Monday, November 30, 2009


THE WITCH'S GUIDE TO COOKING WITH CHILDREN, by Keith McGowan, ill. by Yoko Tanaka (Henry Holt 2009)(ages 8-12). Eleven-year-old Sol Blink and his younger sister Connie have moved with their father and new stepmother to Grand Creek. Their new neighbor, Fay Holaderry, is a little creepy and may be older than anyone thinks. And then Sol notices that the bone Fay's dog is gnawing on is a human femur...

WITCH'S GUIDE is a fun new take on "Hansel and Gretel," with 21st Century protagonists and all the Old World charm, err, creepiness, of Bavaria's Black Forest. Both sinister and enjoyable, WITCH'S GUIDE will have readers laughing, thinking, and looking for recipes.

Saturday, November 28, 2009


BUG BOY, by Eric Luper (FSG 2009)(12+). It's the height of the Great Depression and 15 year old Jack Walsh is senior exercise boy for his stable at Saratoga racetrack, but aspires to be a world-famous and winning jockey. It's all he can do at the moment, though, to keep his mind on his job, eke out a meager existence, and send modest sums back home.

But Jack gets his chance when his stable's premier jockey suffers an accident at the gate. Jack immediately becomes an unexpected success and celebrity. But between the mobsters who want to fix the races and the fat cats who own them, can Jack make it to the finish line in one piece?

Replete with period detail, BUG BOY exposes in compelling fashion both the glamor and dubious ethics of the 1930s horse-racing culture. Jack is likeable, engaging, and sympathetic. In short, BUG BOY is the fascinating story of a young man deciding who he is and wants to be in a world of temptation, corruption, and (sometimes) integrity.

Friday, November 27, 2009


SEA OF THE DEAD, by Julia Durango (Simon & Schuster 2009)(ages 8-12). Thirteen-year-old Kehl is the youngest son of the premier warrior prince of the Teshic Empire, an empire at war with the rebel Fallen. Training to become a warrior himself, and trying to live up to his family's expectations, Kehl is kidnapped from barracks by the minions of the Fallen King.

Taken aboard their ship, Kehl learns their ways and some uncomfortable truths about the Empire and how his mother was killed...

In SEA OF THE DEAD, Durango offers a likeable and engaging protagonist, as well as rousing adventure; and creates a unique fantasy world with satisfying amounts of both intrigue and blood and mayhem.

Sunday, November 22, 2009


THE EYEBALL COLLECTOR, by F.E. Higgins (Feiwel & Friends 2009)(10-14). In the corrupt city of Urbs Umida, divided between the rich north and the southern slums by the toxic River Foedus, Hector Fitzbaudly is living the life of a scion of society and wealth.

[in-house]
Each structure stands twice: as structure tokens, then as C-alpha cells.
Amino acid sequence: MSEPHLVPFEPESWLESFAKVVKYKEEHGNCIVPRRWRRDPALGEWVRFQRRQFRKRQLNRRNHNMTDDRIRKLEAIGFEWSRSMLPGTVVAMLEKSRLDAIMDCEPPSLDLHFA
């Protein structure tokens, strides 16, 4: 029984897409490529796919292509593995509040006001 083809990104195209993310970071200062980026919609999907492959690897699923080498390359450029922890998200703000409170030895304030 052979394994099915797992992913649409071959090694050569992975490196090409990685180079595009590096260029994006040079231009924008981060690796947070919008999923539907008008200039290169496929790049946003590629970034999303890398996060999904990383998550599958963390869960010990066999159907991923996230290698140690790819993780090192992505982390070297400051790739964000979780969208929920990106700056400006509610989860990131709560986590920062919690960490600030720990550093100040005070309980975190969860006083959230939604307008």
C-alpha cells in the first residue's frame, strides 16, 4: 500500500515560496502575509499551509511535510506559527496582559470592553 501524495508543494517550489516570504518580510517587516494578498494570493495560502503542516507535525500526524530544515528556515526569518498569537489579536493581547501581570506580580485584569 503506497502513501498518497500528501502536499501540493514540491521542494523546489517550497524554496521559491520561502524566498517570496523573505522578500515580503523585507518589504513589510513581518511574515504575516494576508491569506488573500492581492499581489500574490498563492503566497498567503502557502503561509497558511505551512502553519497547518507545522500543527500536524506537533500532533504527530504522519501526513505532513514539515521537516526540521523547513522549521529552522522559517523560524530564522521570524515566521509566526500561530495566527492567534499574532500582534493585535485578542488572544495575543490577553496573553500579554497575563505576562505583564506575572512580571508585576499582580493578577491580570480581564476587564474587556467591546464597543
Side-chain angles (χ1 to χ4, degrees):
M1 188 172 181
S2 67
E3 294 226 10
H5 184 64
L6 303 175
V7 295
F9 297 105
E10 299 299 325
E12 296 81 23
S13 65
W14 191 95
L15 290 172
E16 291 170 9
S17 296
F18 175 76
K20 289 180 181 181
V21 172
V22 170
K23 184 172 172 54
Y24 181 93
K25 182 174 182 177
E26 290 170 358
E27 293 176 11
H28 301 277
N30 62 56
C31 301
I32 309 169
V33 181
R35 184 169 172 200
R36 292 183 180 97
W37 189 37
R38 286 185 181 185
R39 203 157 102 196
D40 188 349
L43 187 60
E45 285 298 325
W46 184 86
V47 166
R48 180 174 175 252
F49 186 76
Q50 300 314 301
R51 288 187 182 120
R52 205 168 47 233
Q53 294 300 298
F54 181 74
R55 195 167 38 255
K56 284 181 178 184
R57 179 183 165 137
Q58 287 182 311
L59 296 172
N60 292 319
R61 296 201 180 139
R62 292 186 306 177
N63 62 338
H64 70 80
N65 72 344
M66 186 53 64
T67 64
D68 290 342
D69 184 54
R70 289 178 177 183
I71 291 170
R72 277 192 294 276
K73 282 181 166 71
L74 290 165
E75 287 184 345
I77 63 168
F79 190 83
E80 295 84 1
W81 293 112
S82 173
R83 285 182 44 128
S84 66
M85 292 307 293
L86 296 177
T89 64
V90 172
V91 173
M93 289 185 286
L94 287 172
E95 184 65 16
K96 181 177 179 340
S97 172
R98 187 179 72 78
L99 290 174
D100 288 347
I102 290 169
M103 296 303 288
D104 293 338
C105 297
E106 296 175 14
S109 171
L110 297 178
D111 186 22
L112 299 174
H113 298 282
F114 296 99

But when his father dies after being blackmailed by the dastardly Gulliver Truepin, Hector loses everything and must make his way on the south side. And all he has left is revenge on the one-eyed man who killed his father...

A companion to THE BLACK BOOK OF SECRETS and THE BONE MAGICIAN, THE EYEBALL COLLECTOR is another winner set in the deliciously creepy world of Urbs Umida. Read them all.

Friday, November 20, 2009


THE EVOLUTION OF CALPURNIA TATE, by Jacqueline Kelly (Henry Holt 2009)(ages 12+). The middle child of seven (the rest are boys), eleven year old Calpurnia Tate is not your typical girl in 1899 Texas. As she becomes fascinated by the natural world, she grows closer to her fearsome grandfather, an amateur naturalist. When they discover a new plant which they send to the Smithsonian for corroboration, Calpurnia begins to struggle with what it means to be a girl in turn-of-the-century Texas and what it will mean for her dream of going to college to become a professional naturalist.

In a voice that resonates with nostalgia, Kelly evokes simpler times and richly details episodes in one summer of Calpurnia's life as she and her grandfather await the important scientific news...

Illinois SCBWI

Last weekend, Cynthia and I had the pleasure of attending the annual conference of the Illinois chapter of the Society of Children's Book Writer's and Illustrators (SCBWI), which had invited Cynthia to be a keynote speaker. It was a terrific chance to see old friends, meet new ones, and hear interesting things about the state of children's literature and publishing.